Fishing

Jetty Fishing: The Everyman’s Sport

Father and son jetty fishing
Father and son jetty fishing

Updated December 05th, 2018

I have been jetty fishing with great enthusiasm for the last couple decades. I guess my favorite thing about jetty fishing is that I never really know what sort of catch I'm likely to haul in. For the past twenty years, I've been heading up and down the Pacific Coast to visit my favorite jetty rocks and find new jetties to fish from. While it's not everyone's favorite type of fishing, I find that it's always exciting because I have to always keep my eye on what the ocean is up to no matter what fish species I'm hoping to catch. If you are new to the exciting sport of jetty fishing, here are a few helpful tips to keep in mind based on my own success with the delightful pastime.

Find Your Jetty

The Pacific Coast is littered with fine places to fish. I love jetty fishing primarily because so many fish species love jetties. People call jetties "fish magnets" because they naturally attract many different species to their locale. Even aggressive and typically hard-to-catch fish make their way to pier and jetty areas where they are ripe for the taking. Most often, I love to fish in San Diego because it's convenient—I live there. I head for the jetty, laughing to myself as so many other fishermen haul their gear out to the islands. You don't have to travel far for a great catch. There's such as thing as running ahead of the fish, and I never want to do that. The fish are biting near the jetties and piers, so why would I ignore them? There's no need to make things harder for myself.


However, I will say that many of the jetties I have fished well from are not easily accessible by car. I don't mind walking with my gear to reach them though. It's part of the fun experience for me. Work often takes me to San Francisco and sometimes Seattle, so you bet I bring along my fishing gear when I can. I have several friends who also love jetty fishing, so we share information about the hot spots we've found up and down the coast. We love our home town jetty fishing, but we'll frequently make trips together to Santa Cruz or Santa Monica for the excellent jetty fishing there. I have to be honest, though—there are some mouthwatering restaurants in Santa Cruz, so you might want to enjoy some fresh seafood at one, especially if your catch isn't the haul you were hoping for.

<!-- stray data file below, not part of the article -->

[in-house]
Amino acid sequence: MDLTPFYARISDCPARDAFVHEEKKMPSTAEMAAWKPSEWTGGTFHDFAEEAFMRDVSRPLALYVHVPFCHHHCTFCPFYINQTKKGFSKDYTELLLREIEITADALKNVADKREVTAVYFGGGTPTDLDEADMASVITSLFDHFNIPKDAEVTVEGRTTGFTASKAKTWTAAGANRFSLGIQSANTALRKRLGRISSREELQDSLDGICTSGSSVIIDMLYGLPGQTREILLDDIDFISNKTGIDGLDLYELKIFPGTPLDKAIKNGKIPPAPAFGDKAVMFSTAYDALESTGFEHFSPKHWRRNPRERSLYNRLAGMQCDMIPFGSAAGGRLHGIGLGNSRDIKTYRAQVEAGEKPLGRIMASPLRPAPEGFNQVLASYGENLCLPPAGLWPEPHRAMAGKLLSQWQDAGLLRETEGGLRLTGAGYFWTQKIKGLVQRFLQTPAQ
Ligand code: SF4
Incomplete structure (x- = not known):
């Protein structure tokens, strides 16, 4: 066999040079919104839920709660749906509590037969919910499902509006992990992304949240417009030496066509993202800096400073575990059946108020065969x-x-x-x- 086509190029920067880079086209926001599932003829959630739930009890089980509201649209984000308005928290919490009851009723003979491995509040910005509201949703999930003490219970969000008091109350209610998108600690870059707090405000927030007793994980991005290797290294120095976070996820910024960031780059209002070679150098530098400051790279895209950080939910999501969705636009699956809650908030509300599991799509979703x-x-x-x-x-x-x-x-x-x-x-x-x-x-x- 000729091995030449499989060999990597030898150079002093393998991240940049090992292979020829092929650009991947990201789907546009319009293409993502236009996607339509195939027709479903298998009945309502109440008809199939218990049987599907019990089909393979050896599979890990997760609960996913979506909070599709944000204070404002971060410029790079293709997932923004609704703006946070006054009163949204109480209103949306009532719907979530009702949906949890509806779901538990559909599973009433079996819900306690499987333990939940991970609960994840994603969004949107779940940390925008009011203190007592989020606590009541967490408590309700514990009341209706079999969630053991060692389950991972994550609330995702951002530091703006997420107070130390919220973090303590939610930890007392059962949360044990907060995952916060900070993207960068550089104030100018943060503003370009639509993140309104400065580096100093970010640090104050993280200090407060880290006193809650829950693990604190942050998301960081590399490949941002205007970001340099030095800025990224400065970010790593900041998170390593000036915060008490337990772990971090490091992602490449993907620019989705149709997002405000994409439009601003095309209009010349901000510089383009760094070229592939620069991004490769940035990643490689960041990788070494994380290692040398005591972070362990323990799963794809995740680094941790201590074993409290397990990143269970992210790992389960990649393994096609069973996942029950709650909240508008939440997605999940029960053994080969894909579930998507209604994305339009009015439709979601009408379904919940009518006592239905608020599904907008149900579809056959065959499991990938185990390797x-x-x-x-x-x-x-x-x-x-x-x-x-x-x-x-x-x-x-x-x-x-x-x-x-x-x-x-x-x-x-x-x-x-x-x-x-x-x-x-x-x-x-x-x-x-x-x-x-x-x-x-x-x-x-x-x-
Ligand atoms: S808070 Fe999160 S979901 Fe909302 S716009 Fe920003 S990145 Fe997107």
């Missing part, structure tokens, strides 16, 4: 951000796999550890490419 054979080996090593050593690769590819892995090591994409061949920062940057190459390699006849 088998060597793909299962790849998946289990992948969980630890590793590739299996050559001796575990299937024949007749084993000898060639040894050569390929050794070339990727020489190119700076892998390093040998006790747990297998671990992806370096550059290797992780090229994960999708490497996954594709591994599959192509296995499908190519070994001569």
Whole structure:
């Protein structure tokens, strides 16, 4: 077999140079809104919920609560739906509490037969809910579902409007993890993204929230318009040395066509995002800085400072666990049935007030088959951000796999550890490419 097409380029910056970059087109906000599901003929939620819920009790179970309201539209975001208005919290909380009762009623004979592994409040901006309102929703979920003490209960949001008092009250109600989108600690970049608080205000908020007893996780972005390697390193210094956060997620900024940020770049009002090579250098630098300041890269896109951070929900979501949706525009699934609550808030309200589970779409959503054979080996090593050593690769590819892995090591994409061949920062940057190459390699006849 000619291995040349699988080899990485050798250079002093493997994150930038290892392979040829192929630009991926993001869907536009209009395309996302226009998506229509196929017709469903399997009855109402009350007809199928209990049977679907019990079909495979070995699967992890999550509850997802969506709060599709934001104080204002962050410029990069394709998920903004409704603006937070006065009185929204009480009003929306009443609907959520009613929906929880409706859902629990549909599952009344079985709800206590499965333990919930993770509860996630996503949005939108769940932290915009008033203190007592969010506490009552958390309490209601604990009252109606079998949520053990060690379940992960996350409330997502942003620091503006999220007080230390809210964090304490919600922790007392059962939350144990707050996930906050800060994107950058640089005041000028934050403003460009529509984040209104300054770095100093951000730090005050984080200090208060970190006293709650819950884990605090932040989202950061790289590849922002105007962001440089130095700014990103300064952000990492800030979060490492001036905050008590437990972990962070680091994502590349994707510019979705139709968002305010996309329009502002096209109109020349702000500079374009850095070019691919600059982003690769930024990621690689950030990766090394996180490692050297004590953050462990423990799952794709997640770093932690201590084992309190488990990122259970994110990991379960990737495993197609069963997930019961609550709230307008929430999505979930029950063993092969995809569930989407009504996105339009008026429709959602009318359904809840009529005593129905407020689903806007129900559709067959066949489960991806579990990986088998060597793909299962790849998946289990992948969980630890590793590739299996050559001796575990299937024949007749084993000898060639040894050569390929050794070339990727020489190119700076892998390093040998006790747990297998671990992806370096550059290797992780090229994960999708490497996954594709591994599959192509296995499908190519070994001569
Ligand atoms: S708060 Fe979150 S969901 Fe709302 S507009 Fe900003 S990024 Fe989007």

Consider Your Bait

I don't like to marry one type of bait no matter where I'm fishing. I use live bait for my jetty fishing rigs. I've had considerable success using sand shrimp, but I like to change things up depending on where I go and what other fishermen at the spot are catching. While I usually stick to the Pacific, I have fished on the East Coast down in Florida and remember using fresh sardines as bait with success. Using the shrimp, I've managed to catch plenty of seabass and seaperch in Northern California and Oregon. When I'm jetty fishing somewhere new, I will pick up live shrimp—never artificial baits—from a fishing shop but I always ask the store staff what works best in the area. I enjoy using live mussels or clams too.

Jetty Fishing Rigs

Although I don't like to visit the same jetties too often, I do tend to be a stick-in-the-mud when it comes to my jetty fishing rigs. My basic rig is a weight at the end of my main line. I then attach an additional line about halfway up from the weight with a hook on its end. Then I add another like with a hook about 1.5 feet, give or take a few, above that. I might change up my basic jetty fishing rig here or there after talking to local fisherman fishing the same spot with me. It's just, I've had a lot of good luck with my basic rig no matter the time of year, so I like to stick with what works. If I'm fishing for my supper, I don't want to experiment too much or it might be frozen fish sticks instead of a fresh catch! I also prefer to bring along two poles for the day.